Image by Ken Graham Photography

Image by Ken Graham Photography

Anchorage Museum Awarded in First Round of NEHClimate Smart Humanities Organizations Grants 

Sept. 12, 2023

ANCHORAGE, Alaska  As energy costs rise and natural disasters become more frequent, humanities organizations - such as museums, libraries, archives, historic sites, and colleges and universities - face an enormous task: to anticipate operational, physical and financial impacts of climate-related events on their institutions, while also reducing their own impact on the environment. 

To recognize and prepare for the potential impact on arts and cultural institutions, the National Endowment for the Humanities (NEH) recently awarded the Anchorage Museum and five other institutions nationwide sustainability planning grants through its new Climate Smart Humanities Organizations grant program. The Anchorage Museum will use the funds to conduct comprehensive energy and carbon audits and develop a climate smart sustainability plan to reduce its carbon footprint. 

About 56% of cultural institutions reported increased damage to collections due to water or moisture between 2017-2019. Of that damage, about 10% was the result of natural disasters. To address these and other challenges due to the climate crisis, the museum will also carry out a climate change threat assessment related to its collections and mission.“We are pleased to have the support of the National Endowment for the Humanities for efforts to respond to one of the most challenging issues facing communities,” Anchorage Museum CEO/Director Julie Decker said. “We are committed to conversation and progress in considering our own footprint and practice and in convening discussions, supporting solutions and innovation, and working collectively, creatively, and collaboratively for a better future for all.”

The Anchorage Museum has long been focused on climate and ideas around climate and resilience. It is one of 29 signatories of the mindful museum materials pledge, a public statement of commitment to making more informed choices and to engaging in an ongoing dialogue with manufacturers to help them improve the transparency and the sustainability of their products. A climate and sustainability work group comprised of museum employees hosts monthly lunchtime climate “cafes” where fellow employees meet for conversations about climate change. The museum’s Teen Climate Communicators program provides Anchorage-area 9-12 grade students the opportunity to use museum artwork, objects and resources to investigate and discuss climate change. Other recent Anchorage Museum climate-related programs have included a free climate resource fair and participation in the Museum of the UN’s "Global We" portal, at the museum’s Seed Lab.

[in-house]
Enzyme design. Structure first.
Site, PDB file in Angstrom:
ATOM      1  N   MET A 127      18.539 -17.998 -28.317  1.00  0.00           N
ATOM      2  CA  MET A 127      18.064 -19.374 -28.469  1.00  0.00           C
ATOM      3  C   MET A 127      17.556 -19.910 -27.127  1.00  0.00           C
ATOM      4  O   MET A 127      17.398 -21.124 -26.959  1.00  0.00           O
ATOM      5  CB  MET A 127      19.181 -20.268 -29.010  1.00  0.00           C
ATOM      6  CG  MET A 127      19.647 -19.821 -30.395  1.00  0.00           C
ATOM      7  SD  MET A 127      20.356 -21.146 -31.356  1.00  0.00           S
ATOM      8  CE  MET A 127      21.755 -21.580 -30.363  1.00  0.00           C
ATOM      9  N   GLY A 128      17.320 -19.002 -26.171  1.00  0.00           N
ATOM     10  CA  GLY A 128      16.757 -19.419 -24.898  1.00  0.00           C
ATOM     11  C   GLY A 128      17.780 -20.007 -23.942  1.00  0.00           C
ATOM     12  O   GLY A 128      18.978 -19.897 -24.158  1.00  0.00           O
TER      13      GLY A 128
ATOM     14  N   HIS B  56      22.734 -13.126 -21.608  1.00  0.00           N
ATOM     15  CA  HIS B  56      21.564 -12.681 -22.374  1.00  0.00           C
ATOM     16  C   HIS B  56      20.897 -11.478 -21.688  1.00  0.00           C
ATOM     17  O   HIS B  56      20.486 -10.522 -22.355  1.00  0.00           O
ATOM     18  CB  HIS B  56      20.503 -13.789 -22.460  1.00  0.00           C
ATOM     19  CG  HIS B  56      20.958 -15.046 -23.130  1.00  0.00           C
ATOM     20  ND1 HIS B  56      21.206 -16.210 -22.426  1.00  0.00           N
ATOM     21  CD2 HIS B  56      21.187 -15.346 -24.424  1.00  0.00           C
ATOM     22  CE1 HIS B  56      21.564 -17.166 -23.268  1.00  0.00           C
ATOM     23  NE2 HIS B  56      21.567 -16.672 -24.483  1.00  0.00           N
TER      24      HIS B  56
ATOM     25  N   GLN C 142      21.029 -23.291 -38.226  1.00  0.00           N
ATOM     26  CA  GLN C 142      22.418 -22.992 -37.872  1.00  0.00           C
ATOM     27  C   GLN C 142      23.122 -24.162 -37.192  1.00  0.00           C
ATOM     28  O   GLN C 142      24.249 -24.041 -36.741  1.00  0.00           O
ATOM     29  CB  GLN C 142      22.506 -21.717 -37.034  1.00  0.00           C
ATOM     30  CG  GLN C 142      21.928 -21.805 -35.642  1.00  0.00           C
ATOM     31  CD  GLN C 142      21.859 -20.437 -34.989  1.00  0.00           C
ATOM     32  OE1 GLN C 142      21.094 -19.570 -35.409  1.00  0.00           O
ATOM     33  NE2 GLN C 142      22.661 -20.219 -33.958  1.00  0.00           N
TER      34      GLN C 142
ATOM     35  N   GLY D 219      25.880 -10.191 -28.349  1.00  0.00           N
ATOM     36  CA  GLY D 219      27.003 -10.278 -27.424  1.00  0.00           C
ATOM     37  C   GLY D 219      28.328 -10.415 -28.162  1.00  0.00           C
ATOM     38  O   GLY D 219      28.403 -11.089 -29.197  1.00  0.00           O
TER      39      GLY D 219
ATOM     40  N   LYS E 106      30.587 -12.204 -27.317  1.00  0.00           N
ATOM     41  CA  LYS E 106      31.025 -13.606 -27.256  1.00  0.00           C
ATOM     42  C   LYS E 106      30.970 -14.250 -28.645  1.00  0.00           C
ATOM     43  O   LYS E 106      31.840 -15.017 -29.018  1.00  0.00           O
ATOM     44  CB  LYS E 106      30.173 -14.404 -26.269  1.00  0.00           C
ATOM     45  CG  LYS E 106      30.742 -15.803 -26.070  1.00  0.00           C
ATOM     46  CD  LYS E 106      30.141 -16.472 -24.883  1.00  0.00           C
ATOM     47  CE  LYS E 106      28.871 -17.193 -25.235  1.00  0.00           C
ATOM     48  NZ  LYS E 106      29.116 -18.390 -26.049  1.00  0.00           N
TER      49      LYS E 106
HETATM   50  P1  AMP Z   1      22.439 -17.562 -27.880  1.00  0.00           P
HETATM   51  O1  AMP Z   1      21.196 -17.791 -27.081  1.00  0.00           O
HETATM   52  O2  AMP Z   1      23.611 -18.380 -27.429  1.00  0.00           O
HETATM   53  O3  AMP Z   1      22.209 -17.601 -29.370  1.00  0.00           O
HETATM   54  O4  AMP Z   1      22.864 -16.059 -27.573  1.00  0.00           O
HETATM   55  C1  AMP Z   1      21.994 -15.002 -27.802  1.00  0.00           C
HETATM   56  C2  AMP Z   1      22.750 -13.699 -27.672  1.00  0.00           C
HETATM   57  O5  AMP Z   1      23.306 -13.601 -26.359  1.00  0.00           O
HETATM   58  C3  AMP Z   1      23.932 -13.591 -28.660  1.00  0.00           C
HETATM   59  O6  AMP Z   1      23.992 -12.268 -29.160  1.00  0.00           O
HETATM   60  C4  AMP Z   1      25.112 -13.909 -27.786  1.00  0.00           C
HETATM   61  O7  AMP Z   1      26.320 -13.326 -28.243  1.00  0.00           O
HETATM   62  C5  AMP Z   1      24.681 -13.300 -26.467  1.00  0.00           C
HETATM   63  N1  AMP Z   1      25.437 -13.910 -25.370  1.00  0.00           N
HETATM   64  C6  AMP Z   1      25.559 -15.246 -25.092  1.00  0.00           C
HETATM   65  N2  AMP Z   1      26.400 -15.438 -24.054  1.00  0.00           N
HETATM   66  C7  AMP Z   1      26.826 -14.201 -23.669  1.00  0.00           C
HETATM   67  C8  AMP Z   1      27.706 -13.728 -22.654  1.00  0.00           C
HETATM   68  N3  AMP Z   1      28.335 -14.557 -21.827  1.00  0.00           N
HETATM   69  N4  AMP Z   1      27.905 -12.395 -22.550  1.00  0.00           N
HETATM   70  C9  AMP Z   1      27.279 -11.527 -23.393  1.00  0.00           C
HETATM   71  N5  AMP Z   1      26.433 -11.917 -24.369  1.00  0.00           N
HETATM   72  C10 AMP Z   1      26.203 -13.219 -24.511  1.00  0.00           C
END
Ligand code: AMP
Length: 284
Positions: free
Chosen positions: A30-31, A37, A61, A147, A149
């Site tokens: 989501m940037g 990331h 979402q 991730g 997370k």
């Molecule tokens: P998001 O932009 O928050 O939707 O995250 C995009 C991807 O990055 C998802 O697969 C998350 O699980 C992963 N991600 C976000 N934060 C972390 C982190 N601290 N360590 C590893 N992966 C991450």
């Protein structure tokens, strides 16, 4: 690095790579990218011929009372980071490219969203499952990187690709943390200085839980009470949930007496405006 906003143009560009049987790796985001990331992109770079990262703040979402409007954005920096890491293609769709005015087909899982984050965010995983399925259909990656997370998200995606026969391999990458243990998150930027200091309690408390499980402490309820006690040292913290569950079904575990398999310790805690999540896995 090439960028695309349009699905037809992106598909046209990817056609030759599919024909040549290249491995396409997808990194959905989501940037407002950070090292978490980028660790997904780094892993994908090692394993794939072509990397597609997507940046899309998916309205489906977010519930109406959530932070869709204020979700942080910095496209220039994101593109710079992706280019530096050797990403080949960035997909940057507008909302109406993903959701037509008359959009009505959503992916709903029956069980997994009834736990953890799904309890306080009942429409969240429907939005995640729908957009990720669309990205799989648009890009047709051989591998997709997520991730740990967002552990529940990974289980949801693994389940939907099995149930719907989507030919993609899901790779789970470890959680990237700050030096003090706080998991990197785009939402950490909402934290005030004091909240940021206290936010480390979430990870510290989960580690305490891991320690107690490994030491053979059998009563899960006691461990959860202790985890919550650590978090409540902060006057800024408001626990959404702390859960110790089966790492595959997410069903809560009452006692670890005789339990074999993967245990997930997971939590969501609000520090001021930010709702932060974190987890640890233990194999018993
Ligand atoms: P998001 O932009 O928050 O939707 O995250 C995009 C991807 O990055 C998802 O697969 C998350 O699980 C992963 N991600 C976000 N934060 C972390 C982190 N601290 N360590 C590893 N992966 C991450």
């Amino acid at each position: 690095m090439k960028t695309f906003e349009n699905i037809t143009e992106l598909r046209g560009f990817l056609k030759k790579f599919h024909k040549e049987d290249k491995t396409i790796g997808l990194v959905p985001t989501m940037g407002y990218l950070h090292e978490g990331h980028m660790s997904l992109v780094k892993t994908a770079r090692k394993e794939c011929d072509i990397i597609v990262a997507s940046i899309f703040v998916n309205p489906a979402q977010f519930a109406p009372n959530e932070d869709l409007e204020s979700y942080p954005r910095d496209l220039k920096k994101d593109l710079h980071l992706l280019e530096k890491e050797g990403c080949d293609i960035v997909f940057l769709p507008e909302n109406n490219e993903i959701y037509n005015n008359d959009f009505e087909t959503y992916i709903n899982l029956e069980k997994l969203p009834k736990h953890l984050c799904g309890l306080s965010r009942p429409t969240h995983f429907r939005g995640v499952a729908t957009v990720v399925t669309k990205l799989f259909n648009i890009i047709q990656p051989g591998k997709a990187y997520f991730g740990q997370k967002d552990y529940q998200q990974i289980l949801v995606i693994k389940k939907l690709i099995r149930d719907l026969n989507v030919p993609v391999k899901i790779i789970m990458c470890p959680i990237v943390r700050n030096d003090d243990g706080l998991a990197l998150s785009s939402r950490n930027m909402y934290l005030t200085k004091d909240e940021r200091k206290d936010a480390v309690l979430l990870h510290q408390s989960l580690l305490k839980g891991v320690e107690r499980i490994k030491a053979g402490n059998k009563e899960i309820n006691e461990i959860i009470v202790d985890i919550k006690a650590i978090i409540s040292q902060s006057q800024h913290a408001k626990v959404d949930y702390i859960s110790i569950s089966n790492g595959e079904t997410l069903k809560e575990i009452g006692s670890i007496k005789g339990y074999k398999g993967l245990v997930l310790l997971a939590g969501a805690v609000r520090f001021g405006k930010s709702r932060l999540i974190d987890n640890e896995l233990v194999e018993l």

About the Anchorage Museum 
The Anchorage Museum shares the art, history, culture and stories of Alaska and the North from diverse perspectives through exhibitions, public programs, and community projects focused on people, place, planet and potential. Located in Anchorage, Alaska, the museum sits on the traditional homeland of the Dena’ina Eklutna. Learn more at

About the National Endowment for the Humanities 
Created in 1965 as an independent federal agency, the National Endowment for the Humanities supports research and learning in history, literature, philosophy, and other areas of the humanities by funding selected, peer-reviewed proposals from around the nation. Additional information about the National Endowment for the Humanities and its grant programs is available at:

Any views, findings, conclusions, or recommendations expressed in this communication, do not necessarily represent those of the National Endowment for the Humanities.

Media Contacts

Hank Davis
Communications Manager

Leroy Polk
Communications Manager

Zakiya McCummings
Communications Manager

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